• Lower-Class Lout: A jerkass who is poor.
  • Mock Millionaire: A lower-class or middle-class person pretends to be upper-class.
  • Ms. Red Ink: A character (almost always female) puts the family in debt with extravagant, wasteful purchases, often on credit.
  • Mundane Luxury: A common, widely available item will be considered an extravagant treat by anyone who can't afford to buy it on an everyday basis.
  • NEET: Someone who is Not in Employment, Education, or Training. In other words, an adult who is not currently a college student and is also unemployed.
  • No Budget: A creative project obviously didn't get much funding or resources.
  • No Poverty: A society where poverty and squalor are nonexistent.
  • Pauper Patches: A character's tattered, patched-up clothes indicates poverty.
  • Penny Among Diamonds: A less-well-off character finds themselves in an environment full of very wealthy people.
  • Perpetual Poverty: Despite having little money, these people always have just enough supplies and resources to survive.
  • Pottery Barn Poor: Despite barely scraping by, a character's home is furnished with items that they could not afford without sacrificing food or rent.
  • Poverty Food: Because food that's both healthy and tasty is out of their budget.
    • Dog Food Diet: Someone eats pet food, because people food is too expensive.
  • Poverty for Comedy: Being poor is Played for Laughs.
  • Poverty Porn: Depictions of people living in extreme poverty in close detail to bring attention to them.
  • Prince and Pauper: Two identical strangers, one upper-class and the other one lower-class, decide to switch lives and disguise themselves as each other.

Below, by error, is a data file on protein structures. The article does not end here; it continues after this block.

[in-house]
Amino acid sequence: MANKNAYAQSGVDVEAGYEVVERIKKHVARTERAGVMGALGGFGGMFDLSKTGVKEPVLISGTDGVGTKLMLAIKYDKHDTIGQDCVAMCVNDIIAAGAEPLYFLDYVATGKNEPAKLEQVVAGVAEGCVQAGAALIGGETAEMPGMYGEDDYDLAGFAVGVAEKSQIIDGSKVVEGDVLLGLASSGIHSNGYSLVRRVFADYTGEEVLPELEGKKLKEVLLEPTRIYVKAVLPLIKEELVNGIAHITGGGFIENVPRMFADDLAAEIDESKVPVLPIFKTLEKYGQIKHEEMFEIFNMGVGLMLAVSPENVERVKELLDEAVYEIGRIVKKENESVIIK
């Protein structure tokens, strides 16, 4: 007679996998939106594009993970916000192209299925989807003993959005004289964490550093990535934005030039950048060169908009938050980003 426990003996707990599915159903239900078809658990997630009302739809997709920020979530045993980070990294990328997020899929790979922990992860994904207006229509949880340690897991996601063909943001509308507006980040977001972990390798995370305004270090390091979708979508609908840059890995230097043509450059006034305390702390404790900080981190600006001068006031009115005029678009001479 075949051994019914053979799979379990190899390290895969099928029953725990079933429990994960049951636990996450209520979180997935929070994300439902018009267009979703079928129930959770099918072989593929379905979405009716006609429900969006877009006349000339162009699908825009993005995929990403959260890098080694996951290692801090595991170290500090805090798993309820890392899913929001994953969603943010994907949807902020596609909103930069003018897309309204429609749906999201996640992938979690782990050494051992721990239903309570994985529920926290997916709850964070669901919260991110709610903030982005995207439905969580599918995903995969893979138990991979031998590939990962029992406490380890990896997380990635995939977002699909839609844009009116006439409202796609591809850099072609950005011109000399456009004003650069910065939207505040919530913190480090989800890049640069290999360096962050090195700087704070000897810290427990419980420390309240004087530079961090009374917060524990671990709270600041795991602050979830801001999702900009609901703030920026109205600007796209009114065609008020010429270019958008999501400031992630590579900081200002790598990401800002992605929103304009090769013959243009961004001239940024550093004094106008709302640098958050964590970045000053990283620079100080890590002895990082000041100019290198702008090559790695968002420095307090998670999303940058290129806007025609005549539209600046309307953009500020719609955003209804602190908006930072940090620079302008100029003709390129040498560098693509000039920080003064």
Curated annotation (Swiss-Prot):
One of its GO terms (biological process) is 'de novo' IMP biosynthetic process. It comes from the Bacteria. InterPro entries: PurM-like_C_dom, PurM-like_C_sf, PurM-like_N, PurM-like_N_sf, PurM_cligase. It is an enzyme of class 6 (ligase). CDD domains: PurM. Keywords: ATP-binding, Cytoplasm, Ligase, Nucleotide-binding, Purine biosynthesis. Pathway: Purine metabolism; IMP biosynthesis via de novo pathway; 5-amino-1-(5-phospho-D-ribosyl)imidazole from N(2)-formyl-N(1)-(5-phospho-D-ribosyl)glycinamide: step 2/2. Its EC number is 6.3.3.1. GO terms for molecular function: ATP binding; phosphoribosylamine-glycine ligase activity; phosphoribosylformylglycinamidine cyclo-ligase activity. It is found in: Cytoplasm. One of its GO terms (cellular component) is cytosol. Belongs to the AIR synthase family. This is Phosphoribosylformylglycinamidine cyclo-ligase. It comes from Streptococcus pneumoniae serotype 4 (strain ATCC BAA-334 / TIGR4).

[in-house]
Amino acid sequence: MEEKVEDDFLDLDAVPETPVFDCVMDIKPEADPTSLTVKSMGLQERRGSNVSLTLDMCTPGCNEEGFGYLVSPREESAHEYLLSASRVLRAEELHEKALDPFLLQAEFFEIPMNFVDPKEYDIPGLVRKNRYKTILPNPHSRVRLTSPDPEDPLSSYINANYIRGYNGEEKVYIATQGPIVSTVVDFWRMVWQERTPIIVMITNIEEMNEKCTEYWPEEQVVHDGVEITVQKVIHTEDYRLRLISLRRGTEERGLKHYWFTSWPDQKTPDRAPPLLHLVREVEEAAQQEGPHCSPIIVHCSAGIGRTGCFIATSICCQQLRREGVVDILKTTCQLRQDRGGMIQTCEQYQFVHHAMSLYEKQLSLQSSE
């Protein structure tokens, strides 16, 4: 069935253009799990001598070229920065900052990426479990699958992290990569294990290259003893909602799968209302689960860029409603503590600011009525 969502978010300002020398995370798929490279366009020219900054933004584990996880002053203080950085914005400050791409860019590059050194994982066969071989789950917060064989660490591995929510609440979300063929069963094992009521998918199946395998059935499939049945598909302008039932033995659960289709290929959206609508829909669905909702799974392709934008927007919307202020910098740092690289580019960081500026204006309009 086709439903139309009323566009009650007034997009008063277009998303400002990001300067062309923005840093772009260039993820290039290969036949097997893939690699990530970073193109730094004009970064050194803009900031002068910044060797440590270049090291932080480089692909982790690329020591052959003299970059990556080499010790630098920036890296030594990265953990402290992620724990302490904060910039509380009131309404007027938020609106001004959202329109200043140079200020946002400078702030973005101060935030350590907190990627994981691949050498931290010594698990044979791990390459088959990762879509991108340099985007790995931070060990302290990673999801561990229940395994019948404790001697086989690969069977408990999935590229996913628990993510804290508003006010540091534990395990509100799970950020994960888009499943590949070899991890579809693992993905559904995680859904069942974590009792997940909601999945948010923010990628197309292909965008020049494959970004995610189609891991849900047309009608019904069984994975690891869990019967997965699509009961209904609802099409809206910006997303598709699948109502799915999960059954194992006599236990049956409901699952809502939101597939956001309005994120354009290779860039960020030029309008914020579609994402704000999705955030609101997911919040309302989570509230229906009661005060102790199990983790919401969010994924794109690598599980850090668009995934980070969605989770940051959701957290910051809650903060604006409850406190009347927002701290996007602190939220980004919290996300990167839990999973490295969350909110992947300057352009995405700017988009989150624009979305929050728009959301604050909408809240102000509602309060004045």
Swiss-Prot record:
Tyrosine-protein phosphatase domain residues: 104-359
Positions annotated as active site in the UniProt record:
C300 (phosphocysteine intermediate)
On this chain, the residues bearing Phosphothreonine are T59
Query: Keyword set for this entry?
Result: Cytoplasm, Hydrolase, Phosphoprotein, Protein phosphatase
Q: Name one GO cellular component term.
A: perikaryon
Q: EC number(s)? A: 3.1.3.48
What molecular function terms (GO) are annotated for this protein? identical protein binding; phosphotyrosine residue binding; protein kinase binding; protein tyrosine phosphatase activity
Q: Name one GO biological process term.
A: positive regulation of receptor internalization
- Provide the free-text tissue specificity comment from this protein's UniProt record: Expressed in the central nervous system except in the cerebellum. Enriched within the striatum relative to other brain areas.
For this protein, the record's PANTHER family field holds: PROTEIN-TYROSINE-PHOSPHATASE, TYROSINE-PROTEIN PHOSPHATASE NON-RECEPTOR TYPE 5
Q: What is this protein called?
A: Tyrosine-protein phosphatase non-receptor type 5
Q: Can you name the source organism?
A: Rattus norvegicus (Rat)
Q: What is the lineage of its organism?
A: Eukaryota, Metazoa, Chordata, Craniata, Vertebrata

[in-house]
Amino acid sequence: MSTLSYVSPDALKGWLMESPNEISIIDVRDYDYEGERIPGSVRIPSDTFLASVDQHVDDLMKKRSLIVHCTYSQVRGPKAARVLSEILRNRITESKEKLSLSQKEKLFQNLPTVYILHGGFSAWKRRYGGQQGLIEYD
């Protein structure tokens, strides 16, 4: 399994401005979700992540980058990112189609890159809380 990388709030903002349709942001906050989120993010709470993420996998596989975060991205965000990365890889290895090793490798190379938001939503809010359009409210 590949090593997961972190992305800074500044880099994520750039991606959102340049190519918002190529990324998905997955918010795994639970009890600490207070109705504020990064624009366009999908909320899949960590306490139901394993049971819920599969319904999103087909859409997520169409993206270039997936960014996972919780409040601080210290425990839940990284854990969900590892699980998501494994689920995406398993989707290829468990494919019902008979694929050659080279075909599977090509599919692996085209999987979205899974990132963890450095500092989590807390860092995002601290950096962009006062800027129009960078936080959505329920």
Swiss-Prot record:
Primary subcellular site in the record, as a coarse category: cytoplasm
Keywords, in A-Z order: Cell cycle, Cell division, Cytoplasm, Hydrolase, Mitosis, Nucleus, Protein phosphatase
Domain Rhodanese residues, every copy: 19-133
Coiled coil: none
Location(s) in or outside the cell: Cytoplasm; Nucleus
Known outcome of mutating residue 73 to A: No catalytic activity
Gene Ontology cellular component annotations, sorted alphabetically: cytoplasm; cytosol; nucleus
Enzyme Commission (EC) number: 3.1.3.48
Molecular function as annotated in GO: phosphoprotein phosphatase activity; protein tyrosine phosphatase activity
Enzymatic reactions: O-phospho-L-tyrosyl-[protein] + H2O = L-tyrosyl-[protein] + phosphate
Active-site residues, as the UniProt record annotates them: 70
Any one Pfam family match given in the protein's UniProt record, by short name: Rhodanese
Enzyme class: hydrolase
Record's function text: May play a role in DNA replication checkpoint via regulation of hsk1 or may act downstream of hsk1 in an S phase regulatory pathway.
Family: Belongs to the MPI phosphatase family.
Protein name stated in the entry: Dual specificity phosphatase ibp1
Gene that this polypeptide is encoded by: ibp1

• Rags to Riches: A poor person becomes wealthy.
  • Rich Language, Poor Language: Rich and poor characters are distinguished by their accents and/or dialects.
  • Rich Sibling, Poor Sibling: One sibling is poor, the other is rich.
  • Rich Suitor, Poor Suitor: Someone has two love interests of vastly different economic backgrounds.
  • Riches to Rags: A wealthy person becomes poor.
  • Secretly Wealthy: A rich person pretends to be poorer than they actually are.
    • Slumming It: A wealthy person pretends to be poor because they're curious about what life is like for the less fortunate.
  • Shopping Cart of Homelessness: Like Bindle Stick, but with a shopping cart.
  • Slobs Versus Snobs: The eternal struggle between the rich and the poor.
  • Starving Artist: An artist who doesn't make any money off their works.
  • Starving Student: A student who's struggling to finance their education.
  • Street Musician: A destitute person tries to get money from people by playing a musical instrument on the streets.
  • Street Urchin: Homeless orphans and street children.
  • Streetwalker: Prostitutes, who probably wouldn't be selling sex for money if they had a better source of income.
  • Struggling Single Mother: She's having a hard time raising her kid(s) with no father and little money to spare.
  • Too Desperate to Be Picky: As the saying goes, beggars can't be choosers.
  • The Tramp: A romanticized vagrant who is usually homeless and lives hand-to-mouth, but is generally honorable.
  • Trashy Trailer Home: Trailers are portrayed as the most horrible places to live, seething with poverty and violence.
  • Unconfessed Unemployment: Someone won't admit to their own friends and family that they've lost their job.
  • Wallet Moths: Moths fly out of wallets or pockets to indicate the character has no money.
  • War Refugees: Civilians who have been rendered homeless by the chaos and destruction of war, fleeing for their lives by staying in refugee camps or migrating to safer countries.
  • Wisdom from the Gutter: A homeless person has nothing left but their wisdom, which they'll gladly share with you.
  • Work Off the Debt: If you can't pay, you'll have to work for the business until you've earned the money required to pay.
  • Working-Class Hero: The protagonist is a member of the lower-classes of society.
    • Homeless Hero: The protagonist lives a nomadic lifestyle for some reason.
  • Working-Class People Are Morons: Poor people are depicted as being dumb and ignorant because of their lack of education.
  • Working-Class Werewolves: Werewolves are often depicted as being poor, at least compared to vampires.
  • Wretched Hive: Urban ghettos, slums, shantytowns and the like are not pleasant places to live in, because of the rampant poverty and crime.